Just ten feet away from me it’s a zero degree Fahrenheit evening, still and cold with Orion just peeking over the eastern treeline. Luckily there’s a window, a hot woodstove, and a chocolate colored dog in between me and the out-of-doors. A fine time to re-start a blog, if I do say so myself.
“The Adventures of Auntie Booger” originally chronicled my internship in Costa Rica waaaay back in aught-nine. Welcome to its reincarnation, which will follow my wildlife tracking and conservation biology internship with Sue Morse of Keeping Track in Jericho, Vermont.
|A wee bit different climate than the next recent photo from this blog|
Alright, it’s storytime! I arrived here in Jericho just in time to find out that the first program of my internship was cancelled, so I have a week of time on my hands in the back woods of Vermont. YES! The perfect excuse to do things like get my first haircut in a year, make chicken soup, re-start Kamana 3, and most importantly, explore my new surroundings.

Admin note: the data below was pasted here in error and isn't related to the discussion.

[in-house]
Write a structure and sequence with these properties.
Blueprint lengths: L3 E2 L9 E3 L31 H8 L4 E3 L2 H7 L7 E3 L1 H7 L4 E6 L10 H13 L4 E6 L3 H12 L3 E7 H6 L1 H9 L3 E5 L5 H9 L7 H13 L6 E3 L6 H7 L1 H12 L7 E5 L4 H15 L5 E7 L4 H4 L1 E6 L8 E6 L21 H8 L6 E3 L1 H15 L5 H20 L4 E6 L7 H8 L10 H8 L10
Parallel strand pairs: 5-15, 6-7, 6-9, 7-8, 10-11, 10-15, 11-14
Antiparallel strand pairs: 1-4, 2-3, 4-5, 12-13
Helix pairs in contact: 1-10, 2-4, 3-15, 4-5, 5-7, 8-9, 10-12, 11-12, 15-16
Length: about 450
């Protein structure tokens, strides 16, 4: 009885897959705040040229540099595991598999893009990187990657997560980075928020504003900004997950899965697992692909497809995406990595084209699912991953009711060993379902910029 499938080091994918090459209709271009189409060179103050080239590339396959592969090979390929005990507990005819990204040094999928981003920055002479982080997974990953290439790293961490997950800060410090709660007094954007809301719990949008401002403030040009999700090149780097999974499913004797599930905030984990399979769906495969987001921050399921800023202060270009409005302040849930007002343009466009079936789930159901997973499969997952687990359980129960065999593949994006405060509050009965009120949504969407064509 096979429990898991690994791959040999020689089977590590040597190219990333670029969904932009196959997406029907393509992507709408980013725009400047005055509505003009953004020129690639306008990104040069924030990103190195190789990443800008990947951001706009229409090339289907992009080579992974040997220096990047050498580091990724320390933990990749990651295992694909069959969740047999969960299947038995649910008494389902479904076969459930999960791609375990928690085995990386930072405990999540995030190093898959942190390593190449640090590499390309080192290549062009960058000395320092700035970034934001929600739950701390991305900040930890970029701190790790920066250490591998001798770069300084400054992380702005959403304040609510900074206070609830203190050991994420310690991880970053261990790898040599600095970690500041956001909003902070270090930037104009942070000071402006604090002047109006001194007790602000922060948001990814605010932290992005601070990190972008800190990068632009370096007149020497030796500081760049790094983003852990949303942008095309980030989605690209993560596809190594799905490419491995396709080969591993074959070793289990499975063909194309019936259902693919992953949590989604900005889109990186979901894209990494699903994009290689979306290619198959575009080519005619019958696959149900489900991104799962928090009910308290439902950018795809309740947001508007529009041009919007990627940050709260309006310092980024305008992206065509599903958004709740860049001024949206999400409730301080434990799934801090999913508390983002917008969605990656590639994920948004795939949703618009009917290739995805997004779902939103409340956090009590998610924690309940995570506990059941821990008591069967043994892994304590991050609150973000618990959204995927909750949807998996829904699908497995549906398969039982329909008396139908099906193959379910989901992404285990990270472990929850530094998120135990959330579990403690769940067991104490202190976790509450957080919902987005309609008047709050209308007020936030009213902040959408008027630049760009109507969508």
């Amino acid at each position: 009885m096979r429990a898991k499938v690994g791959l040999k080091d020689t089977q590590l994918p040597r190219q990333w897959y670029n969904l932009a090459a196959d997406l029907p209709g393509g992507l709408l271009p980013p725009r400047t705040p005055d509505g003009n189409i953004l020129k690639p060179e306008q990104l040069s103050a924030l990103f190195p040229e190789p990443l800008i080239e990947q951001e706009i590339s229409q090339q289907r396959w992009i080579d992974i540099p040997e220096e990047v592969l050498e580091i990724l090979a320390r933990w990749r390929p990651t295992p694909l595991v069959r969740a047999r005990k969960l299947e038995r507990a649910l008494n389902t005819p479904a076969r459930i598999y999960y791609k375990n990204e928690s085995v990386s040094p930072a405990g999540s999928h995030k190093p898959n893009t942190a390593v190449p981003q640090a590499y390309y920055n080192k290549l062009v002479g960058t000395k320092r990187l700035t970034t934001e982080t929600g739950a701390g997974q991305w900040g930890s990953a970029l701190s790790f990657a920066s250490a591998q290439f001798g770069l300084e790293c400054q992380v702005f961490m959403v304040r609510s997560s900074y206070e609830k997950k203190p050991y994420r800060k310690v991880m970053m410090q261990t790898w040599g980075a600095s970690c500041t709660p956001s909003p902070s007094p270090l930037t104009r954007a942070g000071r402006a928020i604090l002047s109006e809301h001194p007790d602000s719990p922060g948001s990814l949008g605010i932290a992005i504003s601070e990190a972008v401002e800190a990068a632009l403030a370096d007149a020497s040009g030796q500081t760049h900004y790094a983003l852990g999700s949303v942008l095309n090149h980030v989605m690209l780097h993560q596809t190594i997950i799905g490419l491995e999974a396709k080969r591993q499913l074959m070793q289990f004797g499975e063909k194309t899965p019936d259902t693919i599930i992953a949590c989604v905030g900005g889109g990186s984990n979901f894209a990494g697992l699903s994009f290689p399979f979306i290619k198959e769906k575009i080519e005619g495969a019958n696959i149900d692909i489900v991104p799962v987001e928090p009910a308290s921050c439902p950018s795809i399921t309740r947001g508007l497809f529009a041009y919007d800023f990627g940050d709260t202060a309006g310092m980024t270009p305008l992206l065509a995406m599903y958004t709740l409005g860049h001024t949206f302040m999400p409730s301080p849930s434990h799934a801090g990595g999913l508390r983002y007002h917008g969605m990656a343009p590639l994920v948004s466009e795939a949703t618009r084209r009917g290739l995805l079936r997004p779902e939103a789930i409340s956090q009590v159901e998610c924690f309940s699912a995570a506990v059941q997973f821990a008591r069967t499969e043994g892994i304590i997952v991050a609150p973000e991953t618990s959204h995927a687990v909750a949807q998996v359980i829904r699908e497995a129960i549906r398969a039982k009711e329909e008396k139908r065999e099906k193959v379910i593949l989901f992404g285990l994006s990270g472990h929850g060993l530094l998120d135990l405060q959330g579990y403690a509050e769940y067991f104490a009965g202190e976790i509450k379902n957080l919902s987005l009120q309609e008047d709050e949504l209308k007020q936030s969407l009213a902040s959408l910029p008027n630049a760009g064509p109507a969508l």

I headed out today to the marsh in the backyard to look at some mystery tracks I had spotted yesterday. On the snow-covered ice next to slow moving marsh water that connected one large pond to another were three trails. The trails spanned only about sixty feet, starting and ending at openings in the marsh vegetation. Being unfamiliar with new northeast species, and with my tracking skills a bit rusty anyways, I was mystified. I couldn’t stop hoping for flying squirrels, red squirrels, ermines, and long-tailed weasels, but none fit well. Red squirrels are semi-hibernating, ermines are too small to make these tracks, and I couldn’t imagine flying squirrels or a long-tailed weasel enjoying a marshy cavity. I felt intuitively that I was missing something obvious. As I stood on the shaky marsh ice staring at those tracks, I realized that rather than waiting for a stroke of inspiration, I’d get down to business: sketch book out, measurements taken, brain and body activated.